The Horse Evaluation team judged different classes of horses and presented reasons as to why they placed the classes that they did. Working together, the team identified and problem-solved horse issues. The team earned a silver placing. Carly Ridenour earned a bronze placing, individually. Kendall Abruzzese and Corinn Gregory earned silver, individually, and Cheyenne Van Echo earned a gold placing. This team was coached by Dani Jackson.

Milk Qualities and Products:  Members in this CDE demonstrate their knowledge about the quality production, processing, distribution, promotion, and marketing of milk and dairy foods. Dallas Hassel placed bronze, individually. Syenna Biser, Abigail Christian, and Sierra Flanary placed silver, individually.  The team placed bronze. The team was coached by Shelby Green and Carrie Wivell Wolf.

American FFA Degree recipients: Less than 1 percent of FFA members receive this prestigious degree. To be eligible to receive the American FFA Degree, members must meet qualifications such as receiving a State FFA Degree, holding active membership for the past three years, completing secondary instruction in an agricultural education program, and operating an outstanding supervised agricultural experience program. This year, Catoctin FFA had two members receive this highest honor: Robert Hahn and Hannah Hartness.

Catoctin FFA would like to thank everyone for all of the support in helping them to participate in the 94th National FFA Convention.  These students have gained skills and memories that will last a lifetime.

Mother Seton School is pleased to announce that on October 29, 2021, seven eighth-graders were inducted as the newest members of the Archbishop James Bayley Chapter of the National Junior Honor Society (NJHS). These students were selected based on their academic achievement and strong character: Benjamin Caretti (Woodsboro), Sophia Erdman (Westminster), Grace Hewitt (Blue Ridge Summit, PA), Gianna Kinnamont (Thurmont), Anya Laird (Frederick), Thien-Y Pham (Frederick), Maryn Rajaski (Frederick), Finnian Tayler (Frederick), and Caleb Thompson (Walkersville).

The NJHS is an international student organization that recognizes high-achieving students in grades sixth through ninth. The purpose of Mother Seton School’s NJHS chapter—based on the five pillars of the organization—is to create enthusiasm for scholarship, stimulate a desire to render service, promote leadership, develop character, and encourage good citizenship in the students.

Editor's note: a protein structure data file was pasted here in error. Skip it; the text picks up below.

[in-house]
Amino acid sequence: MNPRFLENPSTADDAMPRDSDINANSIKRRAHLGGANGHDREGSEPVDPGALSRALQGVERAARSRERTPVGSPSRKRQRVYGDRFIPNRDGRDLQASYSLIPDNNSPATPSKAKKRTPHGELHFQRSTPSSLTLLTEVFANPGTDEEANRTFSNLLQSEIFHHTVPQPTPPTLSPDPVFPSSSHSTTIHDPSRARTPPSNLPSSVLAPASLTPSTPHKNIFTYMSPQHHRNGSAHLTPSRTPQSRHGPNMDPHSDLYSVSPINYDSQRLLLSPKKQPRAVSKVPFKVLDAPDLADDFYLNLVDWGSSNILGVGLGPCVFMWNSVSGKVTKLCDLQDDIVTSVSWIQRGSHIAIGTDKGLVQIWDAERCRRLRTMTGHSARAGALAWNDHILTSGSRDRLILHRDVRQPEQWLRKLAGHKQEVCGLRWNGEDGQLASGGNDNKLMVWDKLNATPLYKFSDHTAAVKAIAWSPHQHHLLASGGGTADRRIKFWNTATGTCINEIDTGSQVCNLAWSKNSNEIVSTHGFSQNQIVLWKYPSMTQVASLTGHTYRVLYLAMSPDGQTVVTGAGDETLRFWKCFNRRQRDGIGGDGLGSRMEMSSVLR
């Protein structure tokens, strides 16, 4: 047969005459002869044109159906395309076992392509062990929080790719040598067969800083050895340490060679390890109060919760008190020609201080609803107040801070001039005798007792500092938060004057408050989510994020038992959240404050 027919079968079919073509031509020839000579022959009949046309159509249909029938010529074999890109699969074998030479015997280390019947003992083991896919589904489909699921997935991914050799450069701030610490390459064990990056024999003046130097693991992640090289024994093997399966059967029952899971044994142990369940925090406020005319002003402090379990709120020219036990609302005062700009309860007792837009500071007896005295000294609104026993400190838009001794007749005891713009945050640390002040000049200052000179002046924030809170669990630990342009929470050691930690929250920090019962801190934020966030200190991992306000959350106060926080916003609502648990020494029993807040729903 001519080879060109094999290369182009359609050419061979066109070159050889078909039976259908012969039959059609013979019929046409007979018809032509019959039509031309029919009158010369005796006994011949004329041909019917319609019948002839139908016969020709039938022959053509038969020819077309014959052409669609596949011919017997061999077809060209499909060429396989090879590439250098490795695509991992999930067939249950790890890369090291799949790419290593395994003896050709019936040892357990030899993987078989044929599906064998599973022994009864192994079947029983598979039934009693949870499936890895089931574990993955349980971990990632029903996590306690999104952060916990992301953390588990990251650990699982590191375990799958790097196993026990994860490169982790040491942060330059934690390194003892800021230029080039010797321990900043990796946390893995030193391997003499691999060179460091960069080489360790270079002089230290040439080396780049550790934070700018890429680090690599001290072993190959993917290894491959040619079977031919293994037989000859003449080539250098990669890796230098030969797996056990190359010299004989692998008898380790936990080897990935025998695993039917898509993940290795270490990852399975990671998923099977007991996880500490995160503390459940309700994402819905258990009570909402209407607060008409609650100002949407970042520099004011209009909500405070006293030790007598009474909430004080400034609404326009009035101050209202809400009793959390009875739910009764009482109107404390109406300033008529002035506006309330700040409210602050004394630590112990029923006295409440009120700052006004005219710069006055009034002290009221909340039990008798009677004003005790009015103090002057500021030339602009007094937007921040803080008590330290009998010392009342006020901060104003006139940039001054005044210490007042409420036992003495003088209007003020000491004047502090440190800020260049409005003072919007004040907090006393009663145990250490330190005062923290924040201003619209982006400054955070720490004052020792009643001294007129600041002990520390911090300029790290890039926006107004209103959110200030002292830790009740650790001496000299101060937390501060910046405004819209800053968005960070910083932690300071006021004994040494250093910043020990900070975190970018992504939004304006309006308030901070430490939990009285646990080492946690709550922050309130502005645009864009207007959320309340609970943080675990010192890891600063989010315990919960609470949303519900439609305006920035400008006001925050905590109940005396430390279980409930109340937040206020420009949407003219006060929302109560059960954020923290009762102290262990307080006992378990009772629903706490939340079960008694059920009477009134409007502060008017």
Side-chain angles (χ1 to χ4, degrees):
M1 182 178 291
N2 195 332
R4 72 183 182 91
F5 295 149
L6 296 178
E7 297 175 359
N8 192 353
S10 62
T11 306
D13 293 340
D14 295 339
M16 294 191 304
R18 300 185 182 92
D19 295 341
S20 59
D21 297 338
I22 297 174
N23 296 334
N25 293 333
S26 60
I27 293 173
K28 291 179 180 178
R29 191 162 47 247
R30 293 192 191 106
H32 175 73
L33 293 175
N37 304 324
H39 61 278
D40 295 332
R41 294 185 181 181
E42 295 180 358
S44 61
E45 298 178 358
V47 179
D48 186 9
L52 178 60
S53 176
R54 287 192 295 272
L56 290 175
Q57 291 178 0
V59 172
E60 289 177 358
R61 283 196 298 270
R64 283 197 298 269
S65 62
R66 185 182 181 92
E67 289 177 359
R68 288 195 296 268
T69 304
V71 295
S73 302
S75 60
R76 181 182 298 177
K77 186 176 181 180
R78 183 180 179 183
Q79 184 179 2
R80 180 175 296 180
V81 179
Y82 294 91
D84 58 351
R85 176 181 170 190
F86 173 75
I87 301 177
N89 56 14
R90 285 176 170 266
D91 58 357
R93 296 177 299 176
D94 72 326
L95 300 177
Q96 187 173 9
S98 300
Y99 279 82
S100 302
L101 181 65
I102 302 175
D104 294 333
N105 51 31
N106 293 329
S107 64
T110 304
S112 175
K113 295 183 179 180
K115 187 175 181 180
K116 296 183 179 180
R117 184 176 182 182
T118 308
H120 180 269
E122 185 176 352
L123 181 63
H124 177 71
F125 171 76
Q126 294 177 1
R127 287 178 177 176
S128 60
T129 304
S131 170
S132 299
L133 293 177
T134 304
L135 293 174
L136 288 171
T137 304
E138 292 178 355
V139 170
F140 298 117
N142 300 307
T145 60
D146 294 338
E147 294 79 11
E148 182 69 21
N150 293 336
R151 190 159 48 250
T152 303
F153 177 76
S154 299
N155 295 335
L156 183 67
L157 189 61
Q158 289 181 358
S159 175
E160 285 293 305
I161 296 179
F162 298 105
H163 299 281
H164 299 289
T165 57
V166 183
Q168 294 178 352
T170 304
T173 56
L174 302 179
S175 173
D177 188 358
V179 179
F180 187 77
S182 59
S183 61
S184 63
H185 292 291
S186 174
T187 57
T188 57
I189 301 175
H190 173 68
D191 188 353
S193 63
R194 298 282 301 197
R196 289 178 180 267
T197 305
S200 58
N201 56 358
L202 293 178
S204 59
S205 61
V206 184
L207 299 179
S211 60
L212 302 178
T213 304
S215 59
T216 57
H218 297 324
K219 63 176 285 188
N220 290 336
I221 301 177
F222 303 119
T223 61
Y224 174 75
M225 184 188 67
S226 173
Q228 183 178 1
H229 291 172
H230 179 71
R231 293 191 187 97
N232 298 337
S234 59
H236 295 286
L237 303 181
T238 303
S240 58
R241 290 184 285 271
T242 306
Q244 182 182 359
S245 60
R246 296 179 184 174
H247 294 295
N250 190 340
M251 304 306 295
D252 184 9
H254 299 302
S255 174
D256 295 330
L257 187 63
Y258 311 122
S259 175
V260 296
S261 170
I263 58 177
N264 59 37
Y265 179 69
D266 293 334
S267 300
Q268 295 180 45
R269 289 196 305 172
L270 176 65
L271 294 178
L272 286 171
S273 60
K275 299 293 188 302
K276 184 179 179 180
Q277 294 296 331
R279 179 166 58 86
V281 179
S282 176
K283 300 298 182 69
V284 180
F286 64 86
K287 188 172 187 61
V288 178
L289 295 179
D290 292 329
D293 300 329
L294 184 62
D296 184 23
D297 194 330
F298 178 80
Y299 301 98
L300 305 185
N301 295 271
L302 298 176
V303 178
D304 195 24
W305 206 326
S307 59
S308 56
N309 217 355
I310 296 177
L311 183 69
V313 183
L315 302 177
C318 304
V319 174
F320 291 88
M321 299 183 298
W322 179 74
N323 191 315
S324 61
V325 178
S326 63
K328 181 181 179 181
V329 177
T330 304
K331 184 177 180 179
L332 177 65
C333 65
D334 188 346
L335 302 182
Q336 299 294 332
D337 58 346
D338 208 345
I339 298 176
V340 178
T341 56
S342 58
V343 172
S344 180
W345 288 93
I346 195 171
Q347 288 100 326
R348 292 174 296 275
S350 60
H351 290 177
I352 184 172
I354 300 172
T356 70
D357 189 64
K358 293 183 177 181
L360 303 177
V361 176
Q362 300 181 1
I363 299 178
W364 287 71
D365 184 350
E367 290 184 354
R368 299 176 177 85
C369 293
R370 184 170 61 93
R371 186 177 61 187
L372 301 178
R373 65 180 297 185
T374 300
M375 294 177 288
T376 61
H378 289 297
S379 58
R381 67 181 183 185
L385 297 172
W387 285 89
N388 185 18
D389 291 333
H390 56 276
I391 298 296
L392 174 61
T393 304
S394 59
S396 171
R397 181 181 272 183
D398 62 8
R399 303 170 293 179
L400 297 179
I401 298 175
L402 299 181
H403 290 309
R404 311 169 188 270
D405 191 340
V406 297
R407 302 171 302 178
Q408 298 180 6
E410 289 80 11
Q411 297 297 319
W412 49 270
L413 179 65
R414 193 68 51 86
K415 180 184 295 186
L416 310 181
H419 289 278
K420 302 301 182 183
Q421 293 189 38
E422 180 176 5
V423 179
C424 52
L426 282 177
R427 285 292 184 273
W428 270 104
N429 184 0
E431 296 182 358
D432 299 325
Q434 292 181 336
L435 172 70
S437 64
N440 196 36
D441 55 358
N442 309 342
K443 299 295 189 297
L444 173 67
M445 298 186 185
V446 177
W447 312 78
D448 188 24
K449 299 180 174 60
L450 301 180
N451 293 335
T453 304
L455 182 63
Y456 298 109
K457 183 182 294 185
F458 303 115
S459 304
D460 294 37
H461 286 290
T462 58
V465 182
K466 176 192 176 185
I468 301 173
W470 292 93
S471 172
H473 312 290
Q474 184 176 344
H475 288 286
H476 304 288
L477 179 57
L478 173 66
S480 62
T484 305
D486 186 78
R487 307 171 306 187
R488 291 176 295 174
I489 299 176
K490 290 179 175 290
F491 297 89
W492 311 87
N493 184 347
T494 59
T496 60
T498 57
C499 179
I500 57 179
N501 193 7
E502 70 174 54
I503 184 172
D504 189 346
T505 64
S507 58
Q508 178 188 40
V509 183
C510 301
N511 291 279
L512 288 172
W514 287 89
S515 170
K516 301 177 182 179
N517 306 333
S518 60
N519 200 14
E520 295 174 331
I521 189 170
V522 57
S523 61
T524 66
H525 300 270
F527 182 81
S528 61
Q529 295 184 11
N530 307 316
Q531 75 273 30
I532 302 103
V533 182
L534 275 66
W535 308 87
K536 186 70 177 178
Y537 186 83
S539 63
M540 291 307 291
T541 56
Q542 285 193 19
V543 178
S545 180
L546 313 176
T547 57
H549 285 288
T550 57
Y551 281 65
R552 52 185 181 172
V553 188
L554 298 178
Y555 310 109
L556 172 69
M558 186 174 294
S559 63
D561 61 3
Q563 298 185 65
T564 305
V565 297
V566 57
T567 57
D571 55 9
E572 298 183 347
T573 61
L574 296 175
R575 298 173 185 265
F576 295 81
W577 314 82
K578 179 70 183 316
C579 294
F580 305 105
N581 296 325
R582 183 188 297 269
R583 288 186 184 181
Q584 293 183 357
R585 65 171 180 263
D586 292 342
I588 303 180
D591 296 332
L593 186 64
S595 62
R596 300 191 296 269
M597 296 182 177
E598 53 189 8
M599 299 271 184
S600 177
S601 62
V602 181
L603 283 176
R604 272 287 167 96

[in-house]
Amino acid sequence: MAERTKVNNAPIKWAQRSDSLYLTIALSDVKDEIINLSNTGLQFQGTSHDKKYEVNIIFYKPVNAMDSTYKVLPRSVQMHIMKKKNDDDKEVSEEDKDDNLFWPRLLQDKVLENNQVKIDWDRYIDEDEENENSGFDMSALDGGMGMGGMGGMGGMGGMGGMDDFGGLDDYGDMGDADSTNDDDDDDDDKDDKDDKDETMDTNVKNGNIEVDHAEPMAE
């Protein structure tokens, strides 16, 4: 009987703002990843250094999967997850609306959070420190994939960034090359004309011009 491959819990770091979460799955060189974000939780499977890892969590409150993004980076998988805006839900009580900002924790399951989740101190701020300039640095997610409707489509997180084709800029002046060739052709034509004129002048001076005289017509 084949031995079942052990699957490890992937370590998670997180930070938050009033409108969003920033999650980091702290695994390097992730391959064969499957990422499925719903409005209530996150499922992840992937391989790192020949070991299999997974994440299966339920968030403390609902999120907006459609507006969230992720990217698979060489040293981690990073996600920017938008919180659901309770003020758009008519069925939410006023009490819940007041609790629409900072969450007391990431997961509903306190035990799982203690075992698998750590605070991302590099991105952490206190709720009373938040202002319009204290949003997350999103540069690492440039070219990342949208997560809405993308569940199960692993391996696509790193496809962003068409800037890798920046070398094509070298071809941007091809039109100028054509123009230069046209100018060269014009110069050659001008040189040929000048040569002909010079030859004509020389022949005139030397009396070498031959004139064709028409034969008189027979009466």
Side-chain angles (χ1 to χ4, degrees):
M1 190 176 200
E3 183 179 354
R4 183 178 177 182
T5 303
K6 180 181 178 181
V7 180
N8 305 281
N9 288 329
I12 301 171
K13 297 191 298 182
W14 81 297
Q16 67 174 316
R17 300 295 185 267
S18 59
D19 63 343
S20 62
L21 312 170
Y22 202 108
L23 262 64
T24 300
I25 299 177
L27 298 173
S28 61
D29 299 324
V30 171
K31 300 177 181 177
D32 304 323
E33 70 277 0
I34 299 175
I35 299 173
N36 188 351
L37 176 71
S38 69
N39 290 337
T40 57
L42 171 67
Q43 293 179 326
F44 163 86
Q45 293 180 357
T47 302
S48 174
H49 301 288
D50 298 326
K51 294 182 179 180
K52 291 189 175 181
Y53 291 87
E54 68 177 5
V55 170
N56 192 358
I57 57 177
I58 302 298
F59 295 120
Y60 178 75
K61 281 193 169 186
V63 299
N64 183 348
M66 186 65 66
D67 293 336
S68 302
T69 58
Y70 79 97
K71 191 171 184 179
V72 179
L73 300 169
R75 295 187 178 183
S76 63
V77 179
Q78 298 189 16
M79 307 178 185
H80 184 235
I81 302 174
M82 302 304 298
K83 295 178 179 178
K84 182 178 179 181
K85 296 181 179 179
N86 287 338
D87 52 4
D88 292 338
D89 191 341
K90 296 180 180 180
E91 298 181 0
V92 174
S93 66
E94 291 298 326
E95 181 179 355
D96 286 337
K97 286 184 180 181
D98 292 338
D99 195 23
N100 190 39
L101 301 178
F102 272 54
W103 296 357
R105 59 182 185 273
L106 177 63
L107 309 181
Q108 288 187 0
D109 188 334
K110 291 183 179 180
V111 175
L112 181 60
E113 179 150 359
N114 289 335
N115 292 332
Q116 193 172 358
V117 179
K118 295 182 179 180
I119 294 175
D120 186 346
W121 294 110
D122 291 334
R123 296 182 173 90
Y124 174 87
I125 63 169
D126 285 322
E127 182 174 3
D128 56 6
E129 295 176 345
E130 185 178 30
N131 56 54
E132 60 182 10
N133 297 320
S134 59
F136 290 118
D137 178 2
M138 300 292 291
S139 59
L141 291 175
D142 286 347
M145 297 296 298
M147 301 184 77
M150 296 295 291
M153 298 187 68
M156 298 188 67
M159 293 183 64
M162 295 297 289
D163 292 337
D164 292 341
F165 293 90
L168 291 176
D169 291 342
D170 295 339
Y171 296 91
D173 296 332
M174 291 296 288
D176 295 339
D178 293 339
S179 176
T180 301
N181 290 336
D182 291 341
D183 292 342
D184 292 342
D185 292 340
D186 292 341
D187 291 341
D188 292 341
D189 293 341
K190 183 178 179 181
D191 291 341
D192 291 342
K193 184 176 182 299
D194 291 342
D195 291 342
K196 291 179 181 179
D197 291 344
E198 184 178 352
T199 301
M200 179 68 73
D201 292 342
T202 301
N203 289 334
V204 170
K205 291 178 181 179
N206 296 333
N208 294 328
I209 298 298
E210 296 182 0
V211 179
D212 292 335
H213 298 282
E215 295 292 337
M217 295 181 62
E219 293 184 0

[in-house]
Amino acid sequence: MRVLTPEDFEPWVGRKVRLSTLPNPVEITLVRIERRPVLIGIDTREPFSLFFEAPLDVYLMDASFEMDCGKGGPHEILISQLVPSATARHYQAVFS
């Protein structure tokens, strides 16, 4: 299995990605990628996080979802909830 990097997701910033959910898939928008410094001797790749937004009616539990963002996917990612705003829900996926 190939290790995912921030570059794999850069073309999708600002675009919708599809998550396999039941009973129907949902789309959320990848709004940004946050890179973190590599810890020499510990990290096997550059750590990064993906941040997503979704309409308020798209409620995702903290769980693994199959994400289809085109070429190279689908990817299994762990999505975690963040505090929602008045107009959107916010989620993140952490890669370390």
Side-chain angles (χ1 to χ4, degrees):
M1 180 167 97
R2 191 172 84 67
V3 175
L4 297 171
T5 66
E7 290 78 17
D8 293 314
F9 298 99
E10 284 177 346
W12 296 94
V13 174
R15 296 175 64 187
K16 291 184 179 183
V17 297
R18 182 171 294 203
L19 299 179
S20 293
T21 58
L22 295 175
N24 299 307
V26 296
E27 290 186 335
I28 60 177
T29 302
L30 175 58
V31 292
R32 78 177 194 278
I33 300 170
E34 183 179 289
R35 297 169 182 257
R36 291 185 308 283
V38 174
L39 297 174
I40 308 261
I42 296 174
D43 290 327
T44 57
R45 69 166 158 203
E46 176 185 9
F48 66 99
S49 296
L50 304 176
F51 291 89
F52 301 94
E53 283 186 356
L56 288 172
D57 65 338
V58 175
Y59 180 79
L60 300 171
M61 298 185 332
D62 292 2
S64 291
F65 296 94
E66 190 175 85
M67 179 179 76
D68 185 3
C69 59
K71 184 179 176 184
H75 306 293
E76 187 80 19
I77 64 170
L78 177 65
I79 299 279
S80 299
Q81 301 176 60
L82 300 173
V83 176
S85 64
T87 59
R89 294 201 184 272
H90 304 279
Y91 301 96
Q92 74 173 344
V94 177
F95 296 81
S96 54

NJHS members perform acts of service throughout the school year, which is in keeping with Mother Seton School’s mission of building strong Christian values such as service to others. “These students have shown their willingness to work to offer service not only to Mother Seton School but to the local community,” said Mr. Christopher Cosentino, faculty advisor to the Archbishop James Bayley chapter. Their first service project for this year will be a toy collection in honor of deceased alumnus, Tommy Laudani.

“I was proud to have the opportunity to induct these students into the NJHS,” Mr. Cosentino added. “They are great role models for the younger students, in demonstrating the scholarship, leadership, and citizenship we inspire our students to strive for.”

Mother Seton School announces the newest members of the Archbishop James Bayley Chapter of the National Junior Honor Society (from left): Sophia Erdman, Maryn Rajaski, Benjamin Caretti, Anya Laird, Caleb Thompson, Thien-Y Pham, Grace Hewitt, Finnian Tayler, and Gianna Kinnamont.

Jayden Myers

Transitioning from middle school into high school causes a whirlwind of anxiety during the first few weeks. You have to adjust to finding classes, meeting new people, and more. Although, schools do try to make such a big adjustment as smooth as possible for incoming freshmen. While it’s challenging for some, it may be easier for others. For me, the change was a rough one to take on.

At the beginning of my seventh-grade year, I became sick multiple times. I was put on HHT (Home Hospital Teaching), as I wasn’t able to stay healthy long enough to attend school. I was on HHT for almost three years before making the decision to attempt high school during my freshman year.

The initial transition definitely could have been handled better. Though I have learned to adjust fairly well, I was so used to being in the comfort of my home and working around my schedule, I forgot what it was like to be in a classroom again.

In the beginning, my teachers barely knew anything about my medical situation, which made it challenging from the start. One of my accommodations made my first few weeks of school frustrating due to comments from teachers outside of my classes about why I was out of class early. I would get extremely anxious when being confronted due to the fear of getting in trouble for something that I was given permission to do.